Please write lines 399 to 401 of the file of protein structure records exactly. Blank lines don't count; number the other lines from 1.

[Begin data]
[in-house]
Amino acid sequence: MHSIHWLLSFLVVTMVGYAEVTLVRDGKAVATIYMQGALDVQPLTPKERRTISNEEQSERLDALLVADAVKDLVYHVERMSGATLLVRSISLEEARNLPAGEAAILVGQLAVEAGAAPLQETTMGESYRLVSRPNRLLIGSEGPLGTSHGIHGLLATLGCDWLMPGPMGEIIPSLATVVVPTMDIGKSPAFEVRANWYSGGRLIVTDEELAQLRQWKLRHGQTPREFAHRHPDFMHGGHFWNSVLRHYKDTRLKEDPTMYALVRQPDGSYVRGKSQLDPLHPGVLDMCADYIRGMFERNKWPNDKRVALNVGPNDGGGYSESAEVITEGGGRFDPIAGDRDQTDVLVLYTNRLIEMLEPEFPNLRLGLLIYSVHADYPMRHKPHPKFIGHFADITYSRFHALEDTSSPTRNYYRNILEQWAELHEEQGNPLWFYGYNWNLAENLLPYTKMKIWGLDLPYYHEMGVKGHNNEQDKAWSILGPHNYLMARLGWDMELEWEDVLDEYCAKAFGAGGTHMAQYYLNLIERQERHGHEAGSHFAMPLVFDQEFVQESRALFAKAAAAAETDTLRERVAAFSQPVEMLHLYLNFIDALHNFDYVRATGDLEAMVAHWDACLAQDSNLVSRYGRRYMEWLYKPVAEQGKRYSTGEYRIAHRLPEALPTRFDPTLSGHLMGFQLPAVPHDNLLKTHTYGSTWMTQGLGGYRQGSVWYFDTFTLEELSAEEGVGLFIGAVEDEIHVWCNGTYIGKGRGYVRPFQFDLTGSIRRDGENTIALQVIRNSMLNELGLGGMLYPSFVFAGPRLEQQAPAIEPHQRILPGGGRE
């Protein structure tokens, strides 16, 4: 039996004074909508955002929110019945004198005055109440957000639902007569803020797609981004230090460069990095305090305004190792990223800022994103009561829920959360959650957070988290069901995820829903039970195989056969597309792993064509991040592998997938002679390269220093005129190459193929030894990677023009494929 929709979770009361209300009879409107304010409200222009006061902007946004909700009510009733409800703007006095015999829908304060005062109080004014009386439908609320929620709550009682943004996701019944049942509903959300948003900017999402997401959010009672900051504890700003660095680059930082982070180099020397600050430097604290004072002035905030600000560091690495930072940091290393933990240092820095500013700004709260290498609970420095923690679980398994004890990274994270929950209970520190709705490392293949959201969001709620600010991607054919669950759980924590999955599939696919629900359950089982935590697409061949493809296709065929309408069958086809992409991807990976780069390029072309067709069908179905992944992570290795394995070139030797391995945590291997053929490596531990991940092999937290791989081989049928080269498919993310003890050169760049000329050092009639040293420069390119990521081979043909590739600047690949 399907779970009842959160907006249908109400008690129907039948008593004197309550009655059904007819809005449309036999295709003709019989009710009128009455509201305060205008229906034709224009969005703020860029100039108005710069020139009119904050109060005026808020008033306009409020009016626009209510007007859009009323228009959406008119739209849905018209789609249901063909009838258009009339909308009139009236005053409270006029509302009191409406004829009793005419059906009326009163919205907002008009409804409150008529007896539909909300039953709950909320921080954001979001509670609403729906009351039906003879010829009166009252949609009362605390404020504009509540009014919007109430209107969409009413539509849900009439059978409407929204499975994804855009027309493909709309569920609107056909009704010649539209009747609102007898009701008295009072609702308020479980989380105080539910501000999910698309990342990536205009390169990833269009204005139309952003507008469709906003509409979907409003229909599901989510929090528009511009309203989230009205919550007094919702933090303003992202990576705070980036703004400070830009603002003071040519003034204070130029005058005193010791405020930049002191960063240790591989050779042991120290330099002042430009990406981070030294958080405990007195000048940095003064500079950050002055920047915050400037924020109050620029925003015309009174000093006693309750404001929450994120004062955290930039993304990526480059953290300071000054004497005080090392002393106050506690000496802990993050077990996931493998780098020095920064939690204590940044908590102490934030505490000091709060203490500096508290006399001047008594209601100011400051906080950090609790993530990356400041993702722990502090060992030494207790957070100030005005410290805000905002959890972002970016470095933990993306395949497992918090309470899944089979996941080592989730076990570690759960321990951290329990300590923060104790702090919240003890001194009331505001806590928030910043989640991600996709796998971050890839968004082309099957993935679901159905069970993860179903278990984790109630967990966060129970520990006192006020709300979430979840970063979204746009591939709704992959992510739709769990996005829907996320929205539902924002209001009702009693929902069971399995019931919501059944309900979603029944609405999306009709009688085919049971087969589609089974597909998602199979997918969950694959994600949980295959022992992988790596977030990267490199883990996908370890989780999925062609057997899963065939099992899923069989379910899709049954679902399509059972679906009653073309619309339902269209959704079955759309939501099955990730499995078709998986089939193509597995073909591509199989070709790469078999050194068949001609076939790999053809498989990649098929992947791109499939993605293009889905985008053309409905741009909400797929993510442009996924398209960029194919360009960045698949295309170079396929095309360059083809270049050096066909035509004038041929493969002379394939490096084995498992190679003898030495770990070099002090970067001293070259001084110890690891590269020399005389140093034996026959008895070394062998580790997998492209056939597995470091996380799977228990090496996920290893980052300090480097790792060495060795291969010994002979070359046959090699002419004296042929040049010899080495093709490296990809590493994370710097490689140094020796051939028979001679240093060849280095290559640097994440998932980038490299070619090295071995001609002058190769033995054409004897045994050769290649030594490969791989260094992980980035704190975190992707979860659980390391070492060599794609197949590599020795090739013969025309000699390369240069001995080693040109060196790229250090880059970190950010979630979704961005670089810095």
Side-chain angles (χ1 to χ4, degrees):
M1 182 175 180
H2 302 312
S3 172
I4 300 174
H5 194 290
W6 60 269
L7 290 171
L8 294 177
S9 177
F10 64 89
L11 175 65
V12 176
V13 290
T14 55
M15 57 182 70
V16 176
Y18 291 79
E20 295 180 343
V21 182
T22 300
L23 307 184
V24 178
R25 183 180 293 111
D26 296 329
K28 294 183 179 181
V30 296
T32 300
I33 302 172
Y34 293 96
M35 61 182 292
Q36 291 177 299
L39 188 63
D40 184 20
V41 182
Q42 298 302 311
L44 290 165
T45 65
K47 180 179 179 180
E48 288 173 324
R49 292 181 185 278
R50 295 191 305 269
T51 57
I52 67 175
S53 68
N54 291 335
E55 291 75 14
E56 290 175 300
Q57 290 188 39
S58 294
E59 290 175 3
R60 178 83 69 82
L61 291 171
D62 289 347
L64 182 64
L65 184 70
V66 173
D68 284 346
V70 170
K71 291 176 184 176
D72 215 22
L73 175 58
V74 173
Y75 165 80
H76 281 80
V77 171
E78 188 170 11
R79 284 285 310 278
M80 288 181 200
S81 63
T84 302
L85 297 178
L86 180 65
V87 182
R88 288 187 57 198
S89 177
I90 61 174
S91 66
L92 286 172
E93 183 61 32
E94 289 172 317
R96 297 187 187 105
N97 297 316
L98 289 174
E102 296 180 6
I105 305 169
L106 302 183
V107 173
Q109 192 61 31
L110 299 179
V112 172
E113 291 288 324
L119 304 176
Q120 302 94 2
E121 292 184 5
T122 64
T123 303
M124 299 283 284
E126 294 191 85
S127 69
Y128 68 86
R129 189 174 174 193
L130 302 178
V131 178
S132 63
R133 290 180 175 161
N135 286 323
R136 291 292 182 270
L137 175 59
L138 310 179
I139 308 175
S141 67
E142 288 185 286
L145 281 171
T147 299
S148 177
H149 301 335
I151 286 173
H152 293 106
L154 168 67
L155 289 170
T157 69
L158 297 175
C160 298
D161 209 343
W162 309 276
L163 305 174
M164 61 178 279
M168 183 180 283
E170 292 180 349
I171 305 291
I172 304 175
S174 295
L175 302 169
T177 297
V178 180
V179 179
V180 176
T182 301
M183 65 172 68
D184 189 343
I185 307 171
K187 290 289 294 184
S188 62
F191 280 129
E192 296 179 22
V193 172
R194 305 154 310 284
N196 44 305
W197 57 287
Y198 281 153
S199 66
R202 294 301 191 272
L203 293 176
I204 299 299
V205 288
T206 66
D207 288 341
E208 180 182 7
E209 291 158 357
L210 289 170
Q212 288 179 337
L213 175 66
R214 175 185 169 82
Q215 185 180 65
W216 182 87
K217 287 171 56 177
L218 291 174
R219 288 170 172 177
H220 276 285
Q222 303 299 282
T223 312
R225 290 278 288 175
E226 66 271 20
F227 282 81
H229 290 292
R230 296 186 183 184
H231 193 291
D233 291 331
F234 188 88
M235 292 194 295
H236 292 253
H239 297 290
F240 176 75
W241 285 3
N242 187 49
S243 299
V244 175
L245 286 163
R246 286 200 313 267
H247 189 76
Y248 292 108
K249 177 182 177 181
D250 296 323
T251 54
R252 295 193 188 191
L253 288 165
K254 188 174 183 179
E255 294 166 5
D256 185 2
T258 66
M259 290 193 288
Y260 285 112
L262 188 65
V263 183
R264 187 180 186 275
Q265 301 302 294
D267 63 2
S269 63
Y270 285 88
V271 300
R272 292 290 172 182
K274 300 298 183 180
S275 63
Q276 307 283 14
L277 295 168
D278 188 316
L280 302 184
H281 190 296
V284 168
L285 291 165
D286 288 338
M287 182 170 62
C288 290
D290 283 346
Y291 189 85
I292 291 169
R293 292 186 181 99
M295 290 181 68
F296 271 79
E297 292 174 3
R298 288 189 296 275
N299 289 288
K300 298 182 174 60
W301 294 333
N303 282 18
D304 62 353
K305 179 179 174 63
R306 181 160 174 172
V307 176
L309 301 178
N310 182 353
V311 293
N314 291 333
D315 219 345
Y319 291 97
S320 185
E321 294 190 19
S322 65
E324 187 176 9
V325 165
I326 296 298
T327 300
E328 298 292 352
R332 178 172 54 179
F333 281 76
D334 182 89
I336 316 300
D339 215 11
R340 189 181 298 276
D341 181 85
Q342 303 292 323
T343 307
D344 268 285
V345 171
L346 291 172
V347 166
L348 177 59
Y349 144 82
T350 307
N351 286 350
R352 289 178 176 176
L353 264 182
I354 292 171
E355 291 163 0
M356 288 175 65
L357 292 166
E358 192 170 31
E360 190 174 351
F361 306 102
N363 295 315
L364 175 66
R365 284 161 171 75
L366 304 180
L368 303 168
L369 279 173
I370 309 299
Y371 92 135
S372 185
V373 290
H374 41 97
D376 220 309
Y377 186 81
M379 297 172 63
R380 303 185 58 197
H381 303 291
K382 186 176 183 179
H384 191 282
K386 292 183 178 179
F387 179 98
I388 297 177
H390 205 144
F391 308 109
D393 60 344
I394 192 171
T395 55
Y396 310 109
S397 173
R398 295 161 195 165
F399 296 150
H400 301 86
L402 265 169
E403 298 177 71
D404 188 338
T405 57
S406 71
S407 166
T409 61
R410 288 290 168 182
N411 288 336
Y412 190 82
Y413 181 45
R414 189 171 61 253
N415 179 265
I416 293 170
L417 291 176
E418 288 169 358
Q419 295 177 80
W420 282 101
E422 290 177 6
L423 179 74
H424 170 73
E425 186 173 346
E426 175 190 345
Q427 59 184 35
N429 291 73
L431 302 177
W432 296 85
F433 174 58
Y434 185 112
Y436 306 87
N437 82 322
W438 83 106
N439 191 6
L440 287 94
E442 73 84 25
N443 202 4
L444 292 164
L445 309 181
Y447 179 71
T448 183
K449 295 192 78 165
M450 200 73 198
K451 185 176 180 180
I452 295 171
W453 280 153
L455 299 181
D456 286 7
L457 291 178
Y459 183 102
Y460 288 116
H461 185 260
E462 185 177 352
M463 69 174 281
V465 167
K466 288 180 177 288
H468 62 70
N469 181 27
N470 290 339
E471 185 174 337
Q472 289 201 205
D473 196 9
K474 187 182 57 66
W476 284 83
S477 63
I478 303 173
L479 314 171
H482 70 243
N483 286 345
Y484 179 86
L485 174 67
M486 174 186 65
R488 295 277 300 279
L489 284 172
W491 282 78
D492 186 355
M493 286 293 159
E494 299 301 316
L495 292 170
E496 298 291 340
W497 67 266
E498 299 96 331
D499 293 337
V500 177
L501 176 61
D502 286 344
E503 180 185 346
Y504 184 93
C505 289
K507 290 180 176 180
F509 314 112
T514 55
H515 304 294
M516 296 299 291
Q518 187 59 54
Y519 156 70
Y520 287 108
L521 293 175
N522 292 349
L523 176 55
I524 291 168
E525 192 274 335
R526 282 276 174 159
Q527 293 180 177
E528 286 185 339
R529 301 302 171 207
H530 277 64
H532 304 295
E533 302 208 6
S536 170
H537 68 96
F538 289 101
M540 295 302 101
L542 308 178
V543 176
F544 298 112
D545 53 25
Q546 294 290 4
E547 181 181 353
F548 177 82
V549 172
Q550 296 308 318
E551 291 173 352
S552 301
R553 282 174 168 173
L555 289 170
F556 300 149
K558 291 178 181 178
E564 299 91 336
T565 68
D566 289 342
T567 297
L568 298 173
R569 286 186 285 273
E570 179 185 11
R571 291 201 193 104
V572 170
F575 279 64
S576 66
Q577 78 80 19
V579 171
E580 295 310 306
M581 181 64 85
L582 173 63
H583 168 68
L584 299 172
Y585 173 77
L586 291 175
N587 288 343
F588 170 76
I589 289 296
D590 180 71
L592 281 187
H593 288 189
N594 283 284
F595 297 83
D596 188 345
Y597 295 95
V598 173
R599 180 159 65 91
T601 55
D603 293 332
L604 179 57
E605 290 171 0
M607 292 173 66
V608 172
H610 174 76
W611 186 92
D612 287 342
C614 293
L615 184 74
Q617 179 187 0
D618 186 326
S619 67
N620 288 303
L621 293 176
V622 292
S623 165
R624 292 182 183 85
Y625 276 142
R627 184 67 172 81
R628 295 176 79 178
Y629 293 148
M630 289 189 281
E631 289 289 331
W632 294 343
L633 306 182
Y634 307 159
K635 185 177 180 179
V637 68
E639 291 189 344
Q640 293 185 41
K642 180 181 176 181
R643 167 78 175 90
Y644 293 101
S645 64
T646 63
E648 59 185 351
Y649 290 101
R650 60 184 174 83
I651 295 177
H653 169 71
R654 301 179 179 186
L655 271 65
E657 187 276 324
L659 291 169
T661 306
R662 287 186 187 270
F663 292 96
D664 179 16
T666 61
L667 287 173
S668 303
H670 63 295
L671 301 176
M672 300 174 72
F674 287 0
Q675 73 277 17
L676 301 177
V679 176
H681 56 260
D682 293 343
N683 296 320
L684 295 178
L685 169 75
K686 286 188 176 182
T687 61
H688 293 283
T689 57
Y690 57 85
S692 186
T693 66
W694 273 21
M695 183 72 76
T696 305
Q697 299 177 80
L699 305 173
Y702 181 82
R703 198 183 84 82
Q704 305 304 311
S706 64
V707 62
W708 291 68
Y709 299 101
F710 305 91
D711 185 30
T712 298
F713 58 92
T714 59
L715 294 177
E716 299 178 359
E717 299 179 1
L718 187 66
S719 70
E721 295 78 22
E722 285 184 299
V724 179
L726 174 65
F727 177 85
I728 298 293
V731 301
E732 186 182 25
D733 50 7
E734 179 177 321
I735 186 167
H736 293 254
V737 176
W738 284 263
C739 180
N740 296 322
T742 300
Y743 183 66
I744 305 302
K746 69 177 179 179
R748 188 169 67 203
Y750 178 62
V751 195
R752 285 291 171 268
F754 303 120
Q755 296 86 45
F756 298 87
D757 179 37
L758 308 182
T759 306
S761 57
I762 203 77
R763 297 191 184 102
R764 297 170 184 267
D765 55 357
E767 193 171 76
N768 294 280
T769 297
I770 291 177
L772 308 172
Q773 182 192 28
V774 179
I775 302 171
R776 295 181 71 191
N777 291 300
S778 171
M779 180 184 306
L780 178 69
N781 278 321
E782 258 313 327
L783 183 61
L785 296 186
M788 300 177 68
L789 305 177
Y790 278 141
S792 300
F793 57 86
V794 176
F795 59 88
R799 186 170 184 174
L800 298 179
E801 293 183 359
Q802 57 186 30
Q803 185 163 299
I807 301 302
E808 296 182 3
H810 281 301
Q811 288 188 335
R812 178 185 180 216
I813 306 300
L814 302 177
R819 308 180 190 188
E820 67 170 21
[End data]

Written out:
D502 286 344
E503 180 185 346
Y504 184 93